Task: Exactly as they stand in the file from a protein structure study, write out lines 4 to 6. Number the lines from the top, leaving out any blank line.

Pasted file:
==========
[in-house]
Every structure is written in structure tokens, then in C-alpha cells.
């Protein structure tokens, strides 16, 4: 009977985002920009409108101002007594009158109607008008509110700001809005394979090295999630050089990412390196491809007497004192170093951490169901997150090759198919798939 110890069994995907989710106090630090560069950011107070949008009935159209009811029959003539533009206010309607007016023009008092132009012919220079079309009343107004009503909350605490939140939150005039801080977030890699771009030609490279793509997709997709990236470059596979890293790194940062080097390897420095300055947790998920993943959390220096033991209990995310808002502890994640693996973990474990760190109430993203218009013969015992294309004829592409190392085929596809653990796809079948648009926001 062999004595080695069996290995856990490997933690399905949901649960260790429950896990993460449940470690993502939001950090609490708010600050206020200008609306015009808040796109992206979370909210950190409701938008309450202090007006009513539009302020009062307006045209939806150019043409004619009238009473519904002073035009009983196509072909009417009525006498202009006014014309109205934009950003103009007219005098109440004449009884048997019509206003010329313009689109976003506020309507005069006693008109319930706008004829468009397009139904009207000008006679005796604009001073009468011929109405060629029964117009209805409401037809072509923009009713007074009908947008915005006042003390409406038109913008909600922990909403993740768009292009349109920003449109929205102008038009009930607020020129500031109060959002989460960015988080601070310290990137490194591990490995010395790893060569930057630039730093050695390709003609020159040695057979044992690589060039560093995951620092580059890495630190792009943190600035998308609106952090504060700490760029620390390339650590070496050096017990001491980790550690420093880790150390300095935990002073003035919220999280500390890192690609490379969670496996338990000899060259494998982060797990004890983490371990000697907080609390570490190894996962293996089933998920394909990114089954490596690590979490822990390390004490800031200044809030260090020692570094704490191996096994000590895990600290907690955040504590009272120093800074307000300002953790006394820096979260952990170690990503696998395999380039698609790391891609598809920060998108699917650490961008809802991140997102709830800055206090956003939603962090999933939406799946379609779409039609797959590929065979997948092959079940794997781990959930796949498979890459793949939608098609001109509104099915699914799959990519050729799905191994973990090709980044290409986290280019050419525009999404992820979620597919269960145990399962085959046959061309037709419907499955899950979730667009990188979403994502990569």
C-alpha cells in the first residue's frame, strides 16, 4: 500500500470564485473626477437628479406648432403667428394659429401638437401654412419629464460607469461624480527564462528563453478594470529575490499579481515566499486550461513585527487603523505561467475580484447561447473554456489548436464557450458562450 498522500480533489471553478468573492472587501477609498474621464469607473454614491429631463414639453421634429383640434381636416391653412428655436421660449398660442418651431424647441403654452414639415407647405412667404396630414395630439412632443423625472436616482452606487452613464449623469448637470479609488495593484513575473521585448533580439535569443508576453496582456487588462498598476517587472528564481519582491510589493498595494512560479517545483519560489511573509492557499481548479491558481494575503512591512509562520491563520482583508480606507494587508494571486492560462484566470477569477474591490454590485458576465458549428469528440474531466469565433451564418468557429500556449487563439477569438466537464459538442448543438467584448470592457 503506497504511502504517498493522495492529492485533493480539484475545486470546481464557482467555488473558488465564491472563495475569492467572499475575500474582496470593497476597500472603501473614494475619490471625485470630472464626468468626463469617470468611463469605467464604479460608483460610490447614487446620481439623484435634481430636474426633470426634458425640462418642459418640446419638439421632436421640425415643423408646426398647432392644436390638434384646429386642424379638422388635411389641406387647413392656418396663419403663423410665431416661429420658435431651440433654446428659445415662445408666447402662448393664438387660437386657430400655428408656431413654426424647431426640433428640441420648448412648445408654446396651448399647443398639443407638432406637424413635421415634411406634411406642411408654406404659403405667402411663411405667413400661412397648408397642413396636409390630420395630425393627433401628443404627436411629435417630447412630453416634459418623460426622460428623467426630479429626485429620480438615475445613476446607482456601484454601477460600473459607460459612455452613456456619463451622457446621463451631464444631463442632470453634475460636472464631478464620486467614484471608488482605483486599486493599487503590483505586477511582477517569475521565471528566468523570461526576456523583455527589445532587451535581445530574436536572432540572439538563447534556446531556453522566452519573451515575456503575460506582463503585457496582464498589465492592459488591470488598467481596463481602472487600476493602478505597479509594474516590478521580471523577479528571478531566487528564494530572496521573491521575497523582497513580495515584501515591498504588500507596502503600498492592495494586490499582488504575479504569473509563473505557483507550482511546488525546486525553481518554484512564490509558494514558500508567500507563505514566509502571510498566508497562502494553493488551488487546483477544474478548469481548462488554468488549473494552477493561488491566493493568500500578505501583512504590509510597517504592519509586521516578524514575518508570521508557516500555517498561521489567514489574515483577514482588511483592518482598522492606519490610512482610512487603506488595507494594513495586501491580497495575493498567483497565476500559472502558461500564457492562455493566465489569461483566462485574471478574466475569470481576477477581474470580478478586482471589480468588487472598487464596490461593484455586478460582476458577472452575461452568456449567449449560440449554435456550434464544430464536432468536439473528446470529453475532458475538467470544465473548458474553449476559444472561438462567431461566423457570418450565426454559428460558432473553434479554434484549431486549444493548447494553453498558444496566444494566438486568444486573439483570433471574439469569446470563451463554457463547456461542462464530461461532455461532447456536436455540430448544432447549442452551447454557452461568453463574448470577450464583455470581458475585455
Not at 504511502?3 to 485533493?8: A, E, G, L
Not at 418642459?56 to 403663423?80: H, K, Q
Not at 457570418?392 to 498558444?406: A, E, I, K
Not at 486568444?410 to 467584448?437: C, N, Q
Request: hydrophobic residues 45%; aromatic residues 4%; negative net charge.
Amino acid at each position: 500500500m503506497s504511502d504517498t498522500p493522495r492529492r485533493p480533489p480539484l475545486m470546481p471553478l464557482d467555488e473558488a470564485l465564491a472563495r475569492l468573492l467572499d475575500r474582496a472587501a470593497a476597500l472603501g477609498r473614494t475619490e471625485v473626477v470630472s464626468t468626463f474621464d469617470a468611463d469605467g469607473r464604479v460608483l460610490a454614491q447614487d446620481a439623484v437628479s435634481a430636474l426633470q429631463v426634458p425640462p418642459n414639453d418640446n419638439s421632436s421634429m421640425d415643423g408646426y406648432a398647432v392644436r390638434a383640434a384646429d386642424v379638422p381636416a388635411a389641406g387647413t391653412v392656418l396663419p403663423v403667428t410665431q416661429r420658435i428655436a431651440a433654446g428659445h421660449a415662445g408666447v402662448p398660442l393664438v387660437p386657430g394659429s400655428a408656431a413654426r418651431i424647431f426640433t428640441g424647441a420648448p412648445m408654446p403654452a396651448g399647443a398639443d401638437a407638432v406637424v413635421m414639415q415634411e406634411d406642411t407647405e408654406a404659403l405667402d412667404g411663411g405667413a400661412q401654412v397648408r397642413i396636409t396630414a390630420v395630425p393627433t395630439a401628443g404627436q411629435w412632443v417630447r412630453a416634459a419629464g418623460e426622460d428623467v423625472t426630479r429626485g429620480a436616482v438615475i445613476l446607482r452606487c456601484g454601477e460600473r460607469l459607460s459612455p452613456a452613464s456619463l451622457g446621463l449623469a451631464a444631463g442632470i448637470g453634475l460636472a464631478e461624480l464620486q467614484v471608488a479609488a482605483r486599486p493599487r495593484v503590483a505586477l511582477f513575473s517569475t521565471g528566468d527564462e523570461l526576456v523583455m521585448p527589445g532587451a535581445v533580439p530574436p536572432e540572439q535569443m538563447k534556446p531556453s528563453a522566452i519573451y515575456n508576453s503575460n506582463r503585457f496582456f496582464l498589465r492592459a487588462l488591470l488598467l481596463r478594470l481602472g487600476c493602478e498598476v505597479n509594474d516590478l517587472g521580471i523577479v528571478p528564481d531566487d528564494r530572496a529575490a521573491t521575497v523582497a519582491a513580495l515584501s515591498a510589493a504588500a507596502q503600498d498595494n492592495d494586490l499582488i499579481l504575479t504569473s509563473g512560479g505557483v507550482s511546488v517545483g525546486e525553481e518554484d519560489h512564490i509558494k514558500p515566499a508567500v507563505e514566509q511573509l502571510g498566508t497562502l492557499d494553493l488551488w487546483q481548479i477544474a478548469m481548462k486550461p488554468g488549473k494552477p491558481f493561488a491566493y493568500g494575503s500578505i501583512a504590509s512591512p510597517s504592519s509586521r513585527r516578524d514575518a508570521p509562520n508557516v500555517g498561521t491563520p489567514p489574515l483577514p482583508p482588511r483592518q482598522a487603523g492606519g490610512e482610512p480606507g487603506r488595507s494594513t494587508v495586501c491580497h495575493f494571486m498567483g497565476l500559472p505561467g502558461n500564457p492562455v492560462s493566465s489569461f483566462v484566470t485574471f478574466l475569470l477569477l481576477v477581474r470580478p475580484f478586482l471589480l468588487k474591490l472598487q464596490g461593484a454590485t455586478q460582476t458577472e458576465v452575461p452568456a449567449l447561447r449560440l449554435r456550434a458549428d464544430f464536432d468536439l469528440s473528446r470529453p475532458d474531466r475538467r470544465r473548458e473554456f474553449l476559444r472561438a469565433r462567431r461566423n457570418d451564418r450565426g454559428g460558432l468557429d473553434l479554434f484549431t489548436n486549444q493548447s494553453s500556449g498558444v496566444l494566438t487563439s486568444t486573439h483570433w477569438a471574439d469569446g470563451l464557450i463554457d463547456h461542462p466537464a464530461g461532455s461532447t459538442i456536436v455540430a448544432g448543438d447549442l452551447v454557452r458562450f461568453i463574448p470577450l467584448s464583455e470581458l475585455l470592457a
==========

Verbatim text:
C-alpha cells in the first residue's frame, strides 16, 4: 500500500470564485473626477437628479406648432403667428394659429401638437401654412419629464460607469461624480527564462528563453478594470529575490499579481515566499486550461513585527487603523505561467475580484447561447473554456489548436464557450458562450 498522500480533489471553478468573492472587501477609498474621464469607473454614491429631463414639453421634429383640434381636416391653412428655436421660449398660442418651431424647441403654452414639415407647405412667404396630414395630439412632443423625472436616482452606487452613464449623469448637470479609488495593484513575473521585448533580439535569443508576453496582456487588462498598476517587472528564481519582491510589493498595494512560479517545483519560489511573509492557499481548479491558481494575503512591512509562520491563520482583508480606507494587508494571486492560462484566470477569477474591490454590485458576465458549428469528440474531466469565433451564418468557429500556449487563439477569438466537464459538442448543438467584448470592457 503506497504511502504517498493522495492529492485533493480539484475545486470546481464557482467555488473558488465564491472563495475569492467572499475575500474582496470593497476597500472603501473614494475619490471625485470630472464626468468626463469617470468611463469605467464604479460608483460610490447614487446620481439623484435634481430636474426633470426634458425640462418642459418640446419638439421632436421640425415643423408646426398647432392644436390638434384646429386642424379638422388635411389641406387647413392656418396663419403663423410665431416661429420658435431651440433654446428659445415662445408666447402662448393664438387660437386657430400655428408656431413654426424647431426640433428640441420648448412648445408654446396651448399647443398639443407638432406637424413635421415634411406634411406642411408654406404659403405667402411663411405667413400661412397648408397642413396636409390630420395630425393627433401628443404627436411629435417630447412630453416634459418623460426622460428623467426630479429626485429620480438615475445613476446607482456601484454601477460600473459607460459612455452613456456619463451622457446621463451631464444631463442632470453634475460636472464631478464620486467614484471608488482605483486599486493599487503590483505586477511582477517569475521565471528566468523570461526576456523583455527589445532587451535581445530574436536572432540572439538563447534556446531556453522566452519573451515575456503575460506582463503585457496582464498589465492592459488591470488598467481596463481602472487600476493602478505597479509594474516590478521580471523577479528571478531566487528564494530572496521573491521575497523582497513580495515584501515591498504588500507596502503600498492592495494586490499582488504575479504569473509563473505557483507550482511546488525546486525553481518554484512564490509558494514558500508567500507563505514566509502571510498566508497562502494553493488551488487546483477544474478548469481548462488554468488549473494552477493561488491566493493568500500578505501583512504590509510597517504592519509586521516578524514575518508570521508557516500555517498561521489567514489574515483577514482588511483592518482598522492606519490610512482610512487603506488595507494594513495586501491580497495575493498567483497565476500559472502558461500564457492562455493566465489569461483566462485574471478574466475569470481576477477581474470580478478586482471589480468588487472598487464596490461593484455586478460582476458577472452575461452568456449567449449560440449554435456550434464544430464536432468536439473528446470529453475532458475538467470544465473548458474553449476559444472561438462567431461566423457570418450565426454559428460558432473553434479554434484549431486549444493548447494553453498558444496566444494566438486568444486573439483570433471574439469569446470563451463554457463547456461542462464530461461532455461532447456536436455540430448544432447549442452551447454557452461568453463574448470577450464583455470581458475585455
Not at 504511502?3 to 485533493?8: A, E, G, L
Not at 418642459?56 to 403663423?80: H, K, Q